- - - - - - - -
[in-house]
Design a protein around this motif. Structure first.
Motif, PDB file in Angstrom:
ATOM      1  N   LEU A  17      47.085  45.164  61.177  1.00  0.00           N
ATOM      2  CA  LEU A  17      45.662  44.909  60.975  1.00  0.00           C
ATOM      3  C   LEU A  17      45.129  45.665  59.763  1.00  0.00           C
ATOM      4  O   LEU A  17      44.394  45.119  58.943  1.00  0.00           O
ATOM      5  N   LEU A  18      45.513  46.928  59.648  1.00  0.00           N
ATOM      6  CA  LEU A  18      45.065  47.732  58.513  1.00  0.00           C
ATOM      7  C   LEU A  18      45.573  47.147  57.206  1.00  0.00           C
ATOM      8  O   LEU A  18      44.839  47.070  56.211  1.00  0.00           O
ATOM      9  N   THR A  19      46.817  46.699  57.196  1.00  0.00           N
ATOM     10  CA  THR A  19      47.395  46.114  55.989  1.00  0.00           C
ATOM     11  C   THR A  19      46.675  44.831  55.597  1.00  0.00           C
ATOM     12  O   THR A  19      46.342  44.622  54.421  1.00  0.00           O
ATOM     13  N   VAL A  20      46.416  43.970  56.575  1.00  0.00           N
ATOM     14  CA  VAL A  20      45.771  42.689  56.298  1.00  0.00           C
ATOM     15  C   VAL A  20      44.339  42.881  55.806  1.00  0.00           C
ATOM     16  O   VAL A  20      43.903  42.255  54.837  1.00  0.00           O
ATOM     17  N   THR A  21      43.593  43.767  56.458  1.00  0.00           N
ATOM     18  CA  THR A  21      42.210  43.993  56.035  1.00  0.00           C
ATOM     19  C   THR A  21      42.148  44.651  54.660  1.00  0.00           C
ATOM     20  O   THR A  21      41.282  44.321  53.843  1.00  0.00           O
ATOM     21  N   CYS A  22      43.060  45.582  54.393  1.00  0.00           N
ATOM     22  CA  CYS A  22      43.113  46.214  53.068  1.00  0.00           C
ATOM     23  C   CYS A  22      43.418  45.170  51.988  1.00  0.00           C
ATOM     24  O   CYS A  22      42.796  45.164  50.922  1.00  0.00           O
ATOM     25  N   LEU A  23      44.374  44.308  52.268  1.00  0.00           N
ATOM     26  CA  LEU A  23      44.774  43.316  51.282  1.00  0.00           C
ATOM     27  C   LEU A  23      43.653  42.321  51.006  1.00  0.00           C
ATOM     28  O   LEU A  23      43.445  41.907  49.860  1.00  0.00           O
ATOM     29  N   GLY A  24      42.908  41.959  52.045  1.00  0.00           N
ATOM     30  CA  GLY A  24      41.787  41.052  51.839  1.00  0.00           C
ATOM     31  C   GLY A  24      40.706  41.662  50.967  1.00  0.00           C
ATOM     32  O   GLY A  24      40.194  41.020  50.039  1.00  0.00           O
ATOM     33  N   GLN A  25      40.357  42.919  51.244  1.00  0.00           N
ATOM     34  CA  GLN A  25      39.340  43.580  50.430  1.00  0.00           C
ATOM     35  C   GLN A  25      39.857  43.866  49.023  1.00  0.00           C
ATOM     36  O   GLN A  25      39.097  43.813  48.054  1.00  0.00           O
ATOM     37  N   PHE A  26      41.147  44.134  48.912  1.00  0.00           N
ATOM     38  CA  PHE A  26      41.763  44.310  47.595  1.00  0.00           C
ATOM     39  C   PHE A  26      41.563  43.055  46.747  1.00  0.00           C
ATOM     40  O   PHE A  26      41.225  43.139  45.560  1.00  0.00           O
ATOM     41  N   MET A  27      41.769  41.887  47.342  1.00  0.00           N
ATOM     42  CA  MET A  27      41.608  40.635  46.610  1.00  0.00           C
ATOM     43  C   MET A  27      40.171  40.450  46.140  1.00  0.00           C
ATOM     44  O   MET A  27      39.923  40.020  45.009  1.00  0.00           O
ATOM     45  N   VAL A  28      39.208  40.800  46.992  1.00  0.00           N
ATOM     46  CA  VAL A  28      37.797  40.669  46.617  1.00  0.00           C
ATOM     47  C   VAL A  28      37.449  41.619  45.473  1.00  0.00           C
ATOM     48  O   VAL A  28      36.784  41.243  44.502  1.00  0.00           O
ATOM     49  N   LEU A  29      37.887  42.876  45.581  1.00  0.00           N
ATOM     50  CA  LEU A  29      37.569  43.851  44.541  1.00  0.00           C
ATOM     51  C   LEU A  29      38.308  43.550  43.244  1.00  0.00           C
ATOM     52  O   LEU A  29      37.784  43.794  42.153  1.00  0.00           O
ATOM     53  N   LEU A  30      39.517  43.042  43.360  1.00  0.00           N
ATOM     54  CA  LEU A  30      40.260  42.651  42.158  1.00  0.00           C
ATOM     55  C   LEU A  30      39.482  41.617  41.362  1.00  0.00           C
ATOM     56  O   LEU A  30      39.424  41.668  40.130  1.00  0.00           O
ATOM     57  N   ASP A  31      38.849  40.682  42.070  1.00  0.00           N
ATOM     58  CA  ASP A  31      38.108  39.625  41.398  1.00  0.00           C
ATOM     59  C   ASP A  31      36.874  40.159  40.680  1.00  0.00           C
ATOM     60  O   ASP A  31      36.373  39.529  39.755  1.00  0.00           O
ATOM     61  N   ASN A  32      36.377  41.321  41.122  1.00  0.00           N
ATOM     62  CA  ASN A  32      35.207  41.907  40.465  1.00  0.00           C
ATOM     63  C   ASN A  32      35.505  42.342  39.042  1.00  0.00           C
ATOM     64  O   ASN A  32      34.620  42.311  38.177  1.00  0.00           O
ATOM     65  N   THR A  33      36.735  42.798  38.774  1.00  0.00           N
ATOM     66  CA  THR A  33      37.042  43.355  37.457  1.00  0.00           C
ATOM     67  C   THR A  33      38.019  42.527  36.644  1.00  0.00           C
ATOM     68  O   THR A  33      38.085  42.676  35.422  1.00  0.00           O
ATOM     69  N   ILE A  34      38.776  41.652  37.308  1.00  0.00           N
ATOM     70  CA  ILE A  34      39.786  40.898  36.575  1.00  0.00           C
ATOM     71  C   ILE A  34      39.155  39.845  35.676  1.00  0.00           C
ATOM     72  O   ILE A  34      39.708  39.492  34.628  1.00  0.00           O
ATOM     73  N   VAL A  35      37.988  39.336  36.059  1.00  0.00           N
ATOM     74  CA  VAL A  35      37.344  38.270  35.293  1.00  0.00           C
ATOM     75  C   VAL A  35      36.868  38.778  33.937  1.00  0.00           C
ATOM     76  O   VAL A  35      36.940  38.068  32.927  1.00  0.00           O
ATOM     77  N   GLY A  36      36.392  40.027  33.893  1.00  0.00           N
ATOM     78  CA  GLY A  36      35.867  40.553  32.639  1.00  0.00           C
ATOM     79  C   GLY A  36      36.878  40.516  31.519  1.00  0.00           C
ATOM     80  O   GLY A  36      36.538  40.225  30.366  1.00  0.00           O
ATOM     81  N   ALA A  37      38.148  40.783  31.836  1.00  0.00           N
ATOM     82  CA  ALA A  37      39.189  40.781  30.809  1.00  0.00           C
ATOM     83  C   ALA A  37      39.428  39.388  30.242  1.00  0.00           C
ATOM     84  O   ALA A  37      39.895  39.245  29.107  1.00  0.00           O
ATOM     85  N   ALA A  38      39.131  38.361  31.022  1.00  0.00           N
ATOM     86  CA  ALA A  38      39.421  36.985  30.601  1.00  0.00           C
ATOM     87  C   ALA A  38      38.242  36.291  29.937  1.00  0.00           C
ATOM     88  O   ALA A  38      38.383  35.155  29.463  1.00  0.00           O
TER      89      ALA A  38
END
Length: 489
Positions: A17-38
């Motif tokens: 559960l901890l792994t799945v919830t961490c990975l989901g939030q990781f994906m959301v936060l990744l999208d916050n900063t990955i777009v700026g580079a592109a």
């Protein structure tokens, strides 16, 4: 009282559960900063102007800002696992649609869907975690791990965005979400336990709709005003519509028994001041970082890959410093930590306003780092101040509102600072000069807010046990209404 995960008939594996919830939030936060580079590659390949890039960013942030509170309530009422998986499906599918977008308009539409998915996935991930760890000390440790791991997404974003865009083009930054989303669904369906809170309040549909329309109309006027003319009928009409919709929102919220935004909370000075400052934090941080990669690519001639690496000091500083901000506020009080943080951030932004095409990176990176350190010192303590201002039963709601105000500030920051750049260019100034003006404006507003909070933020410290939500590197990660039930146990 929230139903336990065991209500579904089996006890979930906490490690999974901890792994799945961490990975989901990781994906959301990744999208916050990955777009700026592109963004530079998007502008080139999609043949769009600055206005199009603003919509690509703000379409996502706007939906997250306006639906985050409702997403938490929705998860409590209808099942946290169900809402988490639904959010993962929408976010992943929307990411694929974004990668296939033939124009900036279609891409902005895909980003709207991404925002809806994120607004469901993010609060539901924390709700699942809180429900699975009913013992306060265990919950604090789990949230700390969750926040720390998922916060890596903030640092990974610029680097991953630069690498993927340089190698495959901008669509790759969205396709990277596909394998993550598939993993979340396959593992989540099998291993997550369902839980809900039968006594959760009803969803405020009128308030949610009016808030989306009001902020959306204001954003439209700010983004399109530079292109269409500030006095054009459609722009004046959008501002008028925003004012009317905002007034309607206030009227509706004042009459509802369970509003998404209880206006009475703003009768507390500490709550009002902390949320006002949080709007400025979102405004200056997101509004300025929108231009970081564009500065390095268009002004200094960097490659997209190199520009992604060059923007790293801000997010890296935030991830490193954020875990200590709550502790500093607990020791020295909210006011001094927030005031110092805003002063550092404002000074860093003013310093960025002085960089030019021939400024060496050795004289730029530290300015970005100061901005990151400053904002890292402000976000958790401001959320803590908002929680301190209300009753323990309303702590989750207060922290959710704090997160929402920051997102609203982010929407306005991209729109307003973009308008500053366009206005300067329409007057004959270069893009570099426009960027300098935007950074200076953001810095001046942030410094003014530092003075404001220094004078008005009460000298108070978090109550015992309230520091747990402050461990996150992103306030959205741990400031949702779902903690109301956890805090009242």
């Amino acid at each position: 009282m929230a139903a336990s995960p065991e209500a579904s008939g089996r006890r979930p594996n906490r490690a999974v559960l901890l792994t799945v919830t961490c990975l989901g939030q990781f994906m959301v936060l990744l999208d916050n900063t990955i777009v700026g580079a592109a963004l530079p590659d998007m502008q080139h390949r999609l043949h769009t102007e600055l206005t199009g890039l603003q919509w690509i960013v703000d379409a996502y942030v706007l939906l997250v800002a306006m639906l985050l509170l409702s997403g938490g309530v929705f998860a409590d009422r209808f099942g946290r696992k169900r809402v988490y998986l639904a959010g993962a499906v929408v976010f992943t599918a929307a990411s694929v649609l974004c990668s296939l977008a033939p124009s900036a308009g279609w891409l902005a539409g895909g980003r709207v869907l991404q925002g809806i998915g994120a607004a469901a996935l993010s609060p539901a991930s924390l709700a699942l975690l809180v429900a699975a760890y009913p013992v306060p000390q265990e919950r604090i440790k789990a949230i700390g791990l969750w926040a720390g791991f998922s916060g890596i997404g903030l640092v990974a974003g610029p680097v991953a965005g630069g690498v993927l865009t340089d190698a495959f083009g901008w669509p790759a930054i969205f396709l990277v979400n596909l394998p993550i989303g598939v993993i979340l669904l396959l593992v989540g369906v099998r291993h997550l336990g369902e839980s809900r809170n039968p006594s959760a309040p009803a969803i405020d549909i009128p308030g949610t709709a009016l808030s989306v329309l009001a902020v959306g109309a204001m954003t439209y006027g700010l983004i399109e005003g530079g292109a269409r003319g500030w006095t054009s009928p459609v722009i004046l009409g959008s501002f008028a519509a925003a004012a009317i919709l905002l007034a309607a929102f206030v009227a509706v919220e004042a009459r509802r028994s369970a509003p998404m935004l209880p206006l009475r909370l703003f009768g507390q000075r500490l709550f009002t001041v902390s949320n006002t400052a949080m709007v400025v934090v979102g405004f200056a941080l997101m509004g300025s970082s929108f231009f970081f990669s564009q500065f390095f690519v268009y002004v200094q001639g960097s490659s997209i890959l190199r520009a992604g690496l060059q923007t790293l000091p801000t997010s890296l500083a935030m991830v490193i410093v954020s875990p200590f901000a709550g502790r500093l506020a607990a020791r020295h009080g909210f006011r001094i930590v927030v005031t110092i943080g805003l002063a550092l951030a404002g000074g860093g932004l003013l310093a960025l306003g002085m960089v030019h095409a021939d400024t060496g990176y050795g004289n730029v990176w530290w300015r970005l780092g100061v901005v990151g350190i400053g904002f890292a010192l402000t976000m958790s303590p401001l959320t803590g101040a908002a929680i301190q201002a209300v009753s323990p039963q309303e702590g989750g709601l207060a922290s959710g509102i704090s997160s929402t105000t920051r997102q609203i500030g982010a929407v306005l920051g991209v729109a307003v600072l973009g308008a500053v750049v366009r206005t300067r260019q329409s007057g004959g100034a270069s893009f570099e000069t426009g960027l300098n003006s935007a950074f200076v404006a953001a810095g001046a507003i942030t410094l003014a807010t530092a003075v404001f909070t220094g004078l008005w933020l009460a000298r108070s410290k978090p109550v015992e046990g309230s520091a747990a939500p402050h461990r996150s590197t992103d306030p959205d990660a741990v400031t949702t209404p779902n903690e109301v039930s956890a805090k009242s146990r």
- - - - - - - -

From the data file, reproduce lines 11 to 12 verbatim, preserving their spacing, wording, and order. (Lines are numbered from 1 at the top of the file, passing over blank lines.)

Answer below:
ATOM      8  O   LEU A  18      44.839  47.070  56.211  1.00  0.00           O
ATOM      9  N   THR A  19      46.817  46.699  57.196  1.00  0.00           N